A Nazi executioner who murdered 250 Jews in a single day is among 160 named and shamed on a list compiled 80 years after the infamous Babyn Yar massacre.
Tragically, 33,771 Jews were shot dead at Babyn Yar, a ravine on the edge of the Ukrainian capital, Kyev, during two fateful days in September 1941 in a mass killing dubbed the “Holocaust of bullets”.
But the Nazi atrocity has gone largely unpunished, with only 10 of the estimated 700 people who took part ever being convicted of a crime.
Now, 80 years later, the Babyn Yar Holocaust Memorial Center (BYHMC) has identified an initial 160 people it considers guilty of the killings.
Along with their names, new information about the killers – including biographies and testimony – has been made public.
One participant, Viktor Trill, described how he leapt down into the pits to kill any people who survived the initial shooting.
He recalled: “I then saw a gigantic ditch that looked like a dried-out riverbed. In it were lying several layers of corpses.
“The Jews had to lay down on the corpses and were then shot in the back of the neck. More Jews were continually brought to be shot.
“The shooters came out of the ravine and then another group of security policemen, including myself, had to go down.
“I myself then had to work as a shooter for about 10 minutes and in this time I personally shot about 30 to 50 Jews.”
He continued: “During the shooting on this day I had to act as a shooter five or six times, each time for 10 minutes.
“It is possible that on this day I shot between around 150 and 250 Jews. The whole shooting went off without incident. The Jews were resigned to their fate like lambs.”
The Czech-born truck driver described men and women of various ages among the victims.
And while he did not recall whether children were shot, he accepted that some mothers may have held their children in their arms.
Trill went to court over the killings in 1967 but was acquitted as no “base motive” could be proven for his participation.
Obersturmführer August Hefner, who controlled the executions on both days, was sentenced to several years in prison for his role.
He told the court: “The SS troops had a section approximately 30 metres in length. [Bernhard] Grafhorst told me that the Jews should lie down close to each other.
“So, they lay down until the entire bottom was filled. Then the same thing started again. Others had to lie on the already-dead Jews.
“Within two days, six or seven layers could have formed. At first, the SS troops carried out the execution with two firing squads.”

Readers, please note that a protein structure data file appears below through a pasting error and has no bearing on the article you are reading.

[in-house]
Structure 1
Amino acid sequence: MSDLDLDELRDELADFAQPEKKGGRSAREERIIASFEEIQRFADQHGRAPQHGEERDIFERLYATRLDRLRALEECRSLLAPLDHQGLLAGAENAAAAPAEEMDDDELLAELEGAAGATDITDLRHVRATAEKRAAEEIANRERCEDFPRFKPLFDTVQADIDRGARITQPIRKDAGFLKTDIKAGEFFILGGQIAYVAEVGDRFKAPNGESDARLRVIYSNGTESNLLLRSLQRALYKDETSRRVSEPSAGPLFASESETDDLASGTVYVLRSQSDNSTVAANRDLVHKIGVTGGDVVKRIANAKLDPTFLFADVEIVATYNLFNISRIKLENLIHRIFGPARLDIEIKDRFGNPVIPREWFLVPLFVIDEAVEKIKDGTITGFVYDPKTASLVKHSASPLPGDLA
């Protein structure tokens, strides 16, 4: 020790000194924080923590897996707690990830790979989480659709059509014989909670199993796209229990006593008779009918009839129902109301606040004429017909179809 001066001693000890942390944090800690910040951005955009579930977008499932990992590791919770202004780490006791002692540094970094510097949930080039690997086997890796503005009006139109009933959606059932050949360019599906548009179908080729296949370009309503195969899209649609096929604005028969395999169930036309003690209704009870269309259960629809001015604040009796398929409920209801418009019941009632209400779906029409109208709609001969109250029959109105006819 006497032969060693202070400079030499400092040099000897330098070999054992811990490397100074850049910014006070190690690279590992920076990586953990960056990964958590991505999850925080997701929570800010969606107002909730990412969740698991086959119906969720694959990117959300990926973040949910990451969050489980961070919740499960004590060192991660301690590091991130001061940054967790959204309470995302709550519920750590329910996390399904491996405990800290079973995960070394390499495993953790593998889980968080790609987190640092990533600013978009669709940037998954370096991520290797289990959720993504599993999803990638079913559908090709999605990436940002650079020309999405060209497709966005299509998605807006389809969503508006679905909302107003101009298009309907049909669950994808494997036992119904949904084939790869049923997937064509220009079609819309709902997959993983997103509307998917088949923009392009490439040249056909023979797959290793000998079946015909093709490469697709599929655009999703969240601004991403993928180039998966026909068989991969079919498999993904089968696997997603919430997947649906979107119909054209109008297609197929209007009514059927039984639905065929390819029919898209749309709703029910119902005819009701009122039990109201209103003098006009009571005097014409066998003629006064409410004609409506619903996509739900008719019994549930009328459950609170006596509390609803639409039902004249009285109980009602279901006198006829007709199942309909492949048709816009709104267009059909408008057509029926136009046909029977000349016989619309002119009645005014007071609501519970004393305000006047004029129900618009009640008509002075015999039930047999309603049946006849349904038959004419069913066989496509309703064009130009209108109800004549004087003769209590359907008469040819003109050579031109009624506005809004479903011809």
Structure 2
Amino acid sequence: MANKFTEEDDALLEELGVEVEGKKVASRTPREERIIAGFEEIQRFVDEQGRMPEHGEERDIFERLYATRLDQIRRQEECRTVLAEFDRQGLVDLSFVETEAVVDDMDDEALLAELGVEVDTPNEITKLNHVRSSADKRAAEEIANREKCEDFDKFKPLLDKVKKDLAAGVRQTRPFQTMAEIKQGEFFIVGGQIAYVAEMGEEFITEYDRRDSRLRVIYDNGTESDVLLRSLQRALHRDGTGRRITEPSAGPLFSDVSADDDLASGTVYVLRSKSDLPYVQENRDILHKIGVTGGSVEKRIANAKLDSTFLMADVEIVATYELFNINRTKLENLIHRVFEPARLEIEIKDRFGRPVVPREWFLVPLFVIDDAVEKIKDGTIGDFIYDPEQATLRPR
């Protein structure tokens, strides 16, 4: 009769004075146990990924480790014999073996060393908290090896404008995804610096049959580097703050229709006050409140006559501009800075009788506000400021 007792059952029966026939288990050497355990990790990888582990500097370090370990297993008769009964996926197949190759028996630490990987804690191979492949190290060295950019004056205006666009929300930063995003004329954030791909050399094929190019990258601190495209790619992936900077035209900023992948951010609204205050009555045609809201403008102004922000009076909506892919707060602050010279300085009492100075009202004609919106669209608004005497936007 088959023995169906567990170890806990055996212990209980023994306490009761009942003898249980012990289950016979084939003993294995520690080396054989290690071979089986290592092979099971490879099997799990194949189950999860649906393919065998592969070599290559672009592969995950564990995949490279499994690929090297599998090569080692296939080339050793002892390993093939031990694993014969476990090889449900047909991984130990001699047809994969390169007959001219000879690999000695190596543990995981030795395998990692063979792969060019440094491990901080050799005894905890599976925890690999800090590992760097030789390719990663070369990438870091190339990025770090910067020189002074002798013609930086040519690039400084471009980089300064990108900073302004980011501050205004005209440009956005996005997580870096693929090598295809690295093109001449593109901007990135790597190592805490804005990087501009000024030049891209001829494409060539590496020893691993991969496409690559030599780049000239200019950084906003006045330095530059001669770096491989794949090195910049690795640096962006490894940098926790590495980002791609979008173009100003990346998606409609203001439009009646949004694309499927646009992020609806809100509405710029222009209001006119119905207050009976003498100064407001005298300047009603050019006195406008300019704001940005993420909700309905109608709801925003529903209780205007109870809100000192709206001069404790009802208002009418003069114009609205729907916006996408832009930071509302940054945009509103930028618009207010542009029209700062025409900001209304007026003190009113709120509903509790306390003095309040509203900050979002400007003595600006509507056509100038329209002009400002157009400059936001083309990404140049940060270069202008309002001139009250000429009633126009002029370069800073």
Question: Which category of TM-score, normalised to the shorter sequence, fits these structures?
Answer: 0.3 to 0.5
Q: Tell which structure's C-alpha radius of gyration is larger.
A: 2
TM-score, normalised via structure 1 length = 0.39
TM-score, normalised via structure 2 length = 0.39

Others admitted only a less direct role in the killings. Edgar Lind, an ethnic German from south-western Ukraine, near Odessa, said he told the Jews to undress.
He said: “I stood at this place and saw how the luggage and clothing was piled up in heaps. In addition, I had to tell them to take off their outer clothing and then go on to the ravine. I could hear shooting but could not see into
Georg Leuchtmann, a policeman, said he did not know who fired the shots.
“I walked in the direction of the shooting site,” he said. “I came within about 80 metres of it and stood on the edge of the ravine. In the ravine, I saw a mass of people. The dead were lying in rows next to each other. I don’t know who was shooting.”
Those named so far are only the first, with more expected to follow.
Father Patrick Desbois, head of the academic council at BYHMC, said all of the people identified were guilty.
He explained: “Some were shooters, others extracted the Jews from their homes, others took their belongings and their luggage. Others armed the weapons while others were serving sandwiches, tea and vodka to the shooters.
“All of them are guilty. In a mass crime, anyone who was involved in any way, directly or indirectly, must be considered guilty.”
BYHMC board member Ruslan Kavatsyuk said it was important to identify not only the victims, but also the killers.
“Babyn Yar became not just a terrible symbol of the Holocaust in eastern Europe, it became a symbol of the Holocaust by bullets,” he said.
“Only a few killers were judged after the Second World War. Mostly some officers were punished.”
He continued: “We renew the full history of this tragedy. We collect the names of all the victims of Babyn Yar and their life stories. But we also have to tell about those people who were responsible for the massacre, about anyone who was involved in this crime in some way, directly or indirectly.”
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